English at Cambridge
Over the centuries, many writers have studied in Cambridge: Spenser, Marlowe, Milton, Wordsworth, Coleridge, Byron, Tennyson, Forster, Plath, Hughes, Byatt and Zadie Smith. When established, the Cambridge course was considered daringly innovative and this ethos continues to shape teaching and research.
Today’s course balances a strong grounding in the core of English literature with the chance to explore literature from around the world, other art forms, the English language, and related intellectual traditions.
Teaching and resources
You are taught by some of the most eminent writers and thinkers who, between them, teach and research almost every aspect of literature. We have no set approach beyond instilling the valuable skills of critical thinking, scholarly rigour and good writing.
You have access to the vast resources of the University Library, and to the Faculty library, which houses around 80,000 books and provides computer facilities, skills training and welcoming features such as ‘tea at three’. Our modern Faculty building also includes a drama studio and garden.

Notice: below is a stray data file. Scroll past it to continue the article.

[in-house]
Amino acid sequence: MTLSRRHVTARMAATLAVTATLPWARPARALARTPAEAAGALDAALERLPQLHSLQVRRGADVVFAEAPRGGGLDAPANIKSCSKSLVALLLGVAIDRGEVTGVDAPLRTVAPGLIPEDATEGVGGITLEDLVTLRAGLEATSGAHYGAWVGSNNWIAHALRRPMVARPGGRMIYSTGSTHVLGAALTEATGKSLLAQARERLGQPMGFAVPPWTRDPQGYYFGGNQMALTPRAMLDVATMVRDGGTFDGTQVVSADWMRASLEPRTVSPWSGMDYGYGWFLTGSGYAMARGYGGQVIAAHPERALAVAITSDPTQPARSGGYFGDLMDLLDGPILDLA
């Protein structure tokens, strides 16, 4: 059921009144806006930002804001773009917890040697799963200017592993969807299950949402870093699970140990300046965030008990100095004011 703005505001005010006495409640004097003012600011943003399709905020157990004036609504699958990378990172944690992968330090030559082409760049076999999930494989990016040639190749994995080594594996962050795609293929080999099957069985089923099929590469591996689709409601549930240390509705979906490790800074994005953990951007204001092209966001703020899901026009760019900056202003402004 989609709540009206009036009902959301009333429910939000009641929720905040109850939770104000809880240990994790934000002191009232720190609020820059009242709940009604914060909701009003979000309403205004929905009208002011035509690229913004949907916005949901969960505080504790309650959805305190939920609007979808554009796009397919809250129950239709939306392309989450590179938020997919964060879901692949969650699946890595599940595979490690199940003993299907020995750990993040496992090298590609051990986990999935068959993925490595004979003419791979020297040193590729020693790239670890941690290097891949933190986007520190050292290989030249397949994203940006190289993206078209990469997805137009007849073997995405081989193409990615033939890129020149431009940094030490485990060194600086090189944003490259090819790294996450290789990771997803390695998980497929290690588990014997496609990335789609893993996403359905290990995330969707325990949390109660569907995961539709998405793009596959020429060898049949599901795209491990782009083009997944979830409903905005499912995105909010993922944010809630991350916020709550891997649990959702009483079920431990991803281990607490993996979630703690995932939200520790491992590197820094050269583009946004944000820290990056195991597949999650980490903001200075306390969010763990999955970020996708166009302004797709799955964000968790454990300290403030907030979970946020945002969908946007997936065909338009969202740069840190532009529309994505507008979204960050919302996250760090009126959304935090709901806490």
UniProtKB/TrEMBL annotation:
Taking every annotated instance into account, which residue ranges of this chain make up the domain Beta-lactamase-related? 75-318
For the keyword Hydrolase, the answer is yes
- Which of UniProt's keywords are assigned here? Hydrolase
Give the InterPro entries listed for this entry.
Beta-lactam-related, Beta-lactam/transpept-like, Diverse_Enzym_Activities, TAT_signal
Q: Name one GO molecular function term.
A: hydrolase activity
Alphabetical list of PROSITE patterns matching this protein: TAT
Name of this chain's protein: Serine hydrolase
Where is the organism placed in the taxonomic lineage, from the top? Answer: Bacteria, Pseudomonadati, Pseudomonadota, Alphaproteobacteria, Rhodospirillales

Socially, many English students pursue interests in creative writing, journalism and the performing arts.
What we’re looking for
English students need an intellectual curiosity which drives them to try new things and ask probing questions. We look for reading beyond the syllabus, and for independent, well-informed critical thinking.
Our students develop the skills of critical thinking, close reading and effective communication. Many draw directly on their subject and pursue careers in arts management or information management, or go into academia or teaching.
Those same skills are valued by employers in many other professions too, such as the Law, the Civil Service, industry, accountancy and social work. And, unsurprisingly, many graduates go on to work in the media, theatre and film – such as Jeremy Paxman, Emma Thompson, Stephen Fry and Sam Mendes – or become poets, novelists and playwrights.